The Earle Haven Retirement Village firecracker – instant new state laws, federal government enquiry, Royal commission and federal police investigation

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10 days after 70 residents of the Earle Haven Retirement Village aged care facility were left stranded with no age care operator in the building, state and federal governments have jumped in at an unprecedented volume.

The Queensland State Government has announced ‘out of the blue’ that all residential aged care facilities in QLD will be asked to publicly report their staffing information under proposed legislation, alongside the launch of a new government website.

‘After Earle Haven’ Premier Annastacia Palaszczuk (pictured below) wants to increase transparency of safety and quality information within public and private hospitals, as well as public and private residential aged care facilities in QLD.

Ms Palaszcuk also announced she will pass new legislation that will require her own government’s 16 aged care homes to mandate a minimum of 3.65 hours of nursing for residents per day, targeting a ratio of seven patients per nurse across 24 hours.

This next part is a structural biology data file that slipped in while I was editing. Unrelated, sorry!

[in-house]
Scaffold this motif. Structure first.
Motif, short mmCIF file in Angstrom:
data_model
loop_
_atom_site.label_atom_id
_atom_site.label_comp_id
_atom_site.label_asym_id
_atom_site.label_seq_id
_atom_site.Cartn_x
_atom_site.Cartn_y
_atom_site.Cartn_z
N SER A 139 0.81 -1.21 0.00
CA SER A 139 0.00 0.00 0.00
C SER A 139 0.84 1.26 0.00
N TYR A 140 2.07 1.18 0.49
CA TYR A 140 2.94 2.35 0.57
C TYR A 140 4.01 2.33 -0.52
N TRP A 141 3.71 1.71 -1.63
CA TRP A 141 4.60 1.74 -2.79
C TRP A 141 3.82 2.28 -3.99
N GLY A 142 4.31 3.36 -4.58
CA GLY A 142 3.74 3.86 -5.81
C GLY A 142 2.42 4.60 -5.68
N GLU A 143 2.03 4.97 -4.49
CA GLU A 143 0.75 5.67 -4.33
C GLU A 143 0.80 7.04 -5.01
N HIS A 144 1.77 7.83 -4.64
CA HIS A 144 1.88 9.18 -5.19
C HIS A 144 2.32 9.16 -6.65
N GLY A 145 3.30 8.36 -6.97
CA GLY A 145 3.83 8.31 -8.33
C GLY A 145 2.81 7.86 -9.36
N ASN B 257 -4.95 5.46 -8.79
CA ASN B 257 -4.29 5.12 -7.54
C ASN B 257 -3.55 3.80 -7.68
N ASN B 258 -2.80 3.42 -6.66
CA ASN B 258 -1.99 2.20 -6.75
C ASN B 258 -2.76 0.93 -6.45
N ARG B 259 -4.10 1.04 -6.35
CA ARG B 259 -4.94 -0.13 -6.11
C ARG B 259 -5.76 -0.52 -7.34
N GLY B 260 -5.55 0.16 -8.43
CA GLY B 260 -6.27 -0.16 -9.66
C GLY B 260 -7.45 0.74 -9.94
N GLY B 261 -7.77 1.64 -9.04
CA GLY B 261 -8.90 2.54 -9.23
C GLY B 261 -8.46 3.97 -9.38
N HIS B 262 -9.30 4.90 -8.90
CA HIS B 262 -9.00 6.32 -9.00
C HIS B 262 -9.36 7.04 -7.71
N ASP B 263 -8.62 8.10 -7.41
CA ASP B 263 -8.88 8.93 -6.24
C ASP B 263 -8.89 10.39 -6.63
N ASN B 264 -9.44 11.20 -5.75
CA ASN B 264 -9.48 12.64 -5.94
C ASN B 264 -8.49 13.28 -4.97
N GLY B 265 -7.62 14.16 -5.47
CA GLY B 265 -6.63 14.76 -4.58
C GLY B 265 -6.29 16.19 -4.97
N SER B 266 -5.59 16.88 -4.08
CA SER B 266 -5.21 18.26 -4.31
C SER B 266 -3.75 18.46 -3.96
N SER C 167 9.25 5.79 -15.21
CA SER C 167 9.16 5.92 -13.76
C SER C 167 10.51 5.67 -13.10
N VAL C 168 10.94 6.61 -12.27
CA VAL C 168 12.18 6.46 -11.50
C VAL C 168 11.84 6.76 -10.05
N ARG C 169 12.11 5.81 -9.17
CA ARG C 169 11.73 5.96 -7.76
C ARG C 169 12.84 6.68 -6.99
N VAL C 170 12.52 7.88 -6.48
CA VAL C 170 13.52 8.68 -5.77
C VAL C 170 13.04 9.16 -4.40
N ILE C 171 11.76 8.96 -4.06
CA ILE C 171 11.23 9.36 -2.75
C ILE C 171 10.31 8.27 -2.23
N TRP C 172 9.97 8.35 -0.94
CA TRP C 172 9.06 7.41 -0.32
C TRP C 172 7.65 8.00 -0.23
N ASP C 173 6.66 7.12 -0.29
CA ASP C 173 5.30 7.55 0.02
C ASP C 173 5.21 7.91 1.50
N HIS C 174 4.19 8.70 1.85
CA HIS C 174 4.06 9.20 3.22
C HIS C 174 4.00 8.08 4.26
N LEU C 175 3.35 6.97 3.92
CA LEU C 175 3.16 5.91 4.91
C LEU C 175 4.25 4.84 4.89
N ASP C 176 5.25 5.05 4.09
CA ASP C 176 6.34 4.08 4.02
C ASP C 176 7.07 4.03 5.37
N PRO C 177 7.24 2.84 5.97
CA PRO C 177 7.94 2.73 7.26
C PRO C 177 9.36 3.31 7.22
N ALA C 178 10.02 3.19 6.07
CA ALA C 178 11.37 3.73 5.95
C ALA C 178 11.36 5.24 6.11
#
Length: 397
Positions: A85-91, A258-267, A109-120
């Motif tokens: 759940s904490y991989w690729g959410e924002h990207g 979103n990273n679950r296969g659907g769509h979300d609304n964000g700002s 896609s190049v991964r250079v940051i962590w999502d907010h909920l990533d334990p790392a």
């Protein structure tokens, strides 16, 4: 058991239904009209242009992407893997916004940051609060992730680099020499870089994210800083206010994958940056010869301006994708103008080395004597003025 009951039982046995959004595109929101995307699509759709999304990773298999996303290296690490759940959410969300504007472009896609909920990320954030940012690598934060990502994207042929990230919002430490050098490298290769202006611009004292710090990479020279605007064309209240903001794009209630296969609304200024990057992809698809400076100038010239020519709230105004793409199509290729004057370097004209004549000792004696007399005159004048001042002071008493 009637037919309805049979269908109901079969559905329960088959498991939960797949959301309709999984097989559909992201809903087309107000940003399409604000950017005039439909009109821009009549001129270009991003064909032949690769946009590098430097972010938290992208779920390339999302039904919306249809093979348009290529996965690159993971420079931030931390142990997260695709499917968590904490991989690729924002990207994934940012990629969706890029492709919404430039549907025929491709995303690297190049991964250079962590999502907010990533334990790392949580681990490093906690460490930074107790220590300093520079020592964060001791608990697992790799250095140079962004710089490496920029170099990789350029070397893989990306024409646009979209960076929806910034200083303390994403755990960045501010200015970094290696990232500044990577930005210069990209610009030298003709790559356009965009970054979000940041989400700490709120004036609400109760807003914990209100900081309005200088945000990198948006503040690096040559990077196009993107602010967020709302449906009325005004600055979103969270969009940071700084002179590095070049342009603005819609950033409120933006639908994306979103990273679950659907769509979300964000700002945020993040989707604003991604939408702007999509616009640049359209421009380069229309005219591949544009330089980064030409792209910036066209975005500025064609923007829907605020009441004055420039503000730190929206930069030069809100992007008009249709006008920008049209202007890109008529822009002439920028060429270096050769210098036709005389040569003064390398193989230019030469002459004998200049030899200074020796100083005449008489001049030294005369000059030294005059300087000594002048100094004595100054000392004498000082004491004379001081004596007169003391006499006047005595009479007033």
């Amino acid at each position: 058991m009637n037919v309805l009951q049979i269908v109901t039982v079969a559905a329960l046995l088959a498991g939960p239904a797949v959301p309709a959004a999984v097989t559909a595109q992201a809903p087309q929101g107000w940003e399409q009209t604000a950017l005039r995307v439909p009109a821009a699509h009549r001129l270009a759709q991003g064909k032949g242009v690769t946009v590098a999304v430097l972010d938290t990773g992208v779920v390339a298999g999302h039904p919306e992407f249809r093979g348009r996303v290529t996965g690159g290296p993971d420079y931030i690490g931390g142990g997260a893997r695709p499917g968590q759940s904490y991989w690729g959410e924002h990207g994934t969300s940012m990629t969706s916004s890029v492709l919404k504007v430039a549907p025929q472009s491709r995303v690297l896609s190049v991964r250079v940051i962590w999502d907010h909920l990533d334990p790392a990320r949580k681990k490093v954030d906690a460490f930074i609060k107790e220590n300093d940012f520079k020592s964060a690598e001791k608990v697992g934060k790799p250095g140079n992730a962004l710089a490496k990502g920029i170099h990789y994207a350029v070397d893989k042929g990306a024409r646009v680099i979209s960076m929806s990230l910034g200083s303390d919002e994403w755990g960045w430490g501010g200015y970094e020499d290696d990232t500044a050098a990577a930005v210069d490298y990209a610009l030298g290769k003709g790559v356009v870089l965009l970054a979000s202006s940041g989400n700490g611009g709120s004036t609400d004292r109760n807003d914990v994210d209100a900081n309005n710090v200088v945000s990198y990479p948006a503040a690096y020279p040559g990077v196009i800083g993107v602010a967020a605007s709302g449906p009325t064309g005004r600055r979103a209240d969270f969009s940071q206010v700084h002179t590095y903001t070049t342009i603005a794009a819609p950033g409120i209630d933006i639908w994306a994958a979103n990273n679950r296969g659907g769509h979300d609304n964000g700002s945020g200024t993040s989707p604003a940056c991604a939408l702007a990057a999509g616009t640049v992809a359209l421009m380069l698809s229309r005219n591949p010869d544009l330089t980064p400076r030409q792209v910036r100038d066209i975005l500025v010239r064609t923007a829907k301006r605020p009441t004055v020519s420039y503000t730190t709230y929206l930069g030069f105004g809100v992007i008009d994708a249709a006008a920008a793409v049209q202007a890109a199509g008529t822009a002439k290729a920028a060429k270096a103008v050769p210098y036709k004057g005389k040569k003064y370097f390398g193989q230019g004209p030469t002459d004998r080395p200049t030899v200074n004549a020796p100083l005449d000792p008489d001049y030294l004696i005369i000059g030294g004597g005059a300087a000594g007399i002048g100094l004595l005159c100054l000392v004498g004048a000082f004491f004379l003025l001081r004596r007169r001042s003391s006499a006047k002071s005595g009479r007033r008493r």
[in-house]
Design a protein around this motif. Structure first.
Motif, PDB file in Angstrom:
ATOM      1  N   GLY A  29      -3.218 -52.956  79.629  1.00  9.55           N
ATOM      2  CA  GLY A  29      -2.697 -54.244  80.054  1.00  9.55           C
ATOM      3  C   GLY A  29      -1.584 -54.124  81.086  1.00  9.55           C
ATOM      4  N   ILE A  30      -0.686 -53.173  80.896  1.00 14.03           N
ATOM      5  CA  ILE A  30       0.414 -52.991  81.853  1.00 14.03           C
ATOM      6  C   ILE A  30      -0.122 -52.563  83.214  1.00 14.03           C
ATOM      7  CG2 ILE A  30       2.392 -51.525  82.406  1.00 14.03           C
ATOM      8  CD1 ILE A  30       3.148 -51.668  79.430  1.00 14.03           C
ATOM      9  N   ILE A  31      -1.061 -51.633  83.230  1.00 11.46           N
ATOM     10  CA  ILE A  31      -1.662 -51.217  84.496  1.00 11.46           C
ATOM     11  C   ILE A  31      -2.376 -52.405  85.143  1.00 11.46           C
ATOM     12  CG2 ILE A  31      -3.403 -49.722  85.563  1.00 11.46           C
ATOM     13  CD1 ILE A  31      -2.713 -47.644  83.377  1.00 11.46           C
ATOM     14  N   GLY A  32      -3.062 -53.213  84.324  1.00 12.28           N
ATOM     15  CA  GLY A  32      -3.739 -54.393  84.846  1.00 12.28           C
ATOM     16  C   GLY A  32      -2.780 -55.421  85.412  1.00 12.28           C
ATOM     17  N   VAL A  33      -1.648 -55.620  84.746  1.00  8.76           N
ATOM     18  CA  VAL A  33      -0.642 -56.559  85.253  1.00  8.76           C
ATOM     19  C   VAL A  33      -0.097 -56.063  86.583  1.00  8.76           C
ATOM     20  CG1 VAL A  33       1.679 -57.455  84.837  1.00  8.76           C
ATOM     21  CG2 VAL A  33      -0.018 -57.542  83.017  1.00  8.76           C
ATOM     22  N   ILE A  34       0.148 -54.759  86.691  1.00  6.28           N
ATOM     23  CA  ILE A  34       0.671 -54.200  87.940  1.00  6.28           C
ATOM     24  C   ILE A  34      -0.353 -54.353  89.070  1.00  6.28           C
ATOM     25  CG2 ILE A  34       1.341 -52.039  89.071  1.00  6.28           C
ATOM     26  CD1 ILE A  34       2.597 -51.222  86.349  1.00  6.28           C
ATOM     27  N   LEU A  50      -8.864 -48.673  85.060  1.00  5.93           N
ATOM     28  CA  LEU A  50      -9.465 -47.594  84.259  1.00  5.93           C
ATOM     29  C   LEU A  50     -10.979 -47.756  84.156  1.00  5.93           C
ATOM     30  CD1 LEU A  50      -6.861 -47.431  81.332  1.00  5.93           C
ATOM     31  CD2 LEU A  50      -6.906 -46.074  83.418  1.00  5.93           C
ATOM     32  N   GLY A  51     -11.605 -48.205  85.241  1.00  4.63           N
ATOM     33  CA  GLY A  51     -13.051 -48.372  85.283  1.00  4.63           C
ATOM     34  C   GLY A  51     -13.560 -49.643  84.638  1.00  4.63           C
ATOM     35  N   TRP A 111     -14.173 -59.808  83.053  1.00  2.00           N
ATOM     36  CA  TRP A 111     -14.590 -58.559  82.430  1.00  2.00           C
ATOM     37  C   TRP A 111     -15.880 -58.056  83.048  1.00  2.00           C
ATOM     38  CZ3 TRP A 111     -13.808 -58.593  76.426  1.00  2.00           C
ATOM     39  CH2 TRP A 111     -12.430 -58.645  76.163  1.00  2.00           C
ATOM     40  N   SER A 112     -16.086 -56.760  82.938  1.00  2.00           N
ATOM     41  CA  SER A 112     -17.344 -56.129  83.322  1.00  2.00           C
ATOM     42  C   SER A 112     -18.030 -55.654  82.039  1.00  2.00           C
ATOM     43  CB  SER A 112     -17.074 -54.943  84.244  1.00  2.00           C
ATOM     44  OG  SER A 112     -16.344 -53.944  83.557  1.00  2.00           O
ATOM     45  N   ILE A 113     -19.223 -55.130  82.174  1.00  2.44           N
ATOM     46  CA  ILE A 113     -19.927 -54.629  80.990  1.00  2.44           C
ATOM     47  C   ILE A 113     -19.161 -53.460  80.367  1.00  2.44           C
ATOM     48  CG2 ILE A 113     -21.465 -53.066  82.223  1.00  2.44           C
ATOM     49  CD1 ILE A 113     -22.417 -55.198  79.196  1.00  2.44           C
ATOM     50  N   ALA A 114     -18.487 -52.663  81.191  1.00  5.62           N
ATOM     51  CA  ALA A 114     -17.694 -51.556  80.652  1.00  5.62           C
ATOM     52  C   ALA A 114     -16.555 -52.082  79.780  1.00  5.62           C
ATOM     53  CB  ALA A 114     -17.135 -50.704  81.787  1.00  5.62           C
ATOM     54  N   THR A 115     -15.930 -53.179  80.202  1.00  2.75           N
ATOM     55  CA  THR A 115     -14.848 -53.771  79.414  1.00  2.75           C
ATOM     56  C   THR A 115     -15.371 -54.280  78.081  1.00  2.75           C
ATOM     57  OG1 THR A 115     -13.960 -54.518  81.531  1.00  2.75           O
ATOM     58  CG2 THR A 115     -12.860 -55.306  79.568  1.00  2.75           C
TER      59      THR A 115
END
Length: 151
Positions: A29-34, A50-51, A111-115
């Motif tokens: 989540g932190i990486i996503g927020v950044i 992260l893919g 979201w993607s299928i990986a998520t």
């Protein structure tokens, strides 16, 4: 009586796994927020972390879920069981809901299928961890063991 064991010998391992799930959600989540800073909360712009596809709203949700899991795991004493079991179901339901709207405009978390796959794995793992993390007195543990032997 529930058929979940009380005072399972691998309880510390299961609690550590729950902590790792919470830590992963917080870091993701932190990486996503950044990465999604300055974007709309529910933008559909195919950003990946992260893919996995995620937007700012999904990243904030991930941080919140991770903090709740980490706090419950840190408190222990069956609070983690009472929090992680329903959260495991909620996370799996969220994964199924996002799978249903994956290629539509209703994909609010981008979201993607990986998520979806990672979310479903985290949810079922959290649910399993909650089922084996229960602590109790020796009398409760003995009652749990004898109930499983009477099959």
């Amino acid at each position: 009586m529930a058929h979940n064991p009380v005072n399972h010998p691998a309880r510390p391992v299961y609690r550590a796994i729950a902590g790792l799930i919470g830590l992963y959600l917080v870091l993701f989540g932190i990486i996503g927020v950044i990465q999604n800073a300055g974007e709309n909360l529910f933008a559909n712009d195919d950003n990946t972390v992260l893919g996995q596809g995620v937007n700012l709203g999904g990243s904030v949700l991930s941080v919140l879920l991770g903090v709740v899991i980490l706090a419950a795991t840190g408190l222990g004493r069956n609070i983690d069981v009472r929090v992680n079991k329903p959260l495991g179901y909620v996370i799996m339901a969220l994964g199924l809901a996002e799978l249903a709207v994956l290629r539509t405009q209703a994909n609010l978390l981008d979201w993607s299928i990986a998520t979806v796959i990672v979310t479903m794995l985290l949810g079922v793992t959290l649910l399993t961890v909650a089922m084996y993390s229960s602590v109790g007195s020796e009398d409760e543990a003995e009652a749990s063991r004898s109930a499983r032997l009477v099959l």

The new Federal Minister for Aged Care and Senior Australians, Sen Richard Colbert, last Friday, eight days after the Earle Haven incident, announced that he had commissioned Kate Carnell AO to conduct an inquiry “to examine the impact and consequences of the event on the safety and well-being” of residents.

He said in a speech relaid to residents I am angry and deeply saddened by the events that occurred at Earle Haven Retirement Village last week”. “I am determined to ensure that you and I fully understand why the situation occurred that those responsible are held to account”.

Ms Carnell (pictured left) is a heavy hitter. The Federal Government commissioned her to conduct the Review of National Aged Care Quality Regulatory Processes in 2017 following the Oakden (SA) aged care facility failure.

Terms of Reference for her Earle Haven inquiry can be seen HERE. Ms Carnell will deliver her report in October.

Sen Colbert also asked for Earle Haven to be referred to the Royal Commission into Aged Care.

And the Federal Police started their investigation at the village/aged care home yesterday, despite QLD police saying on Friday There was no evidence of any criminal offences being committed and there are no charges to be preferred against any person or organisation.”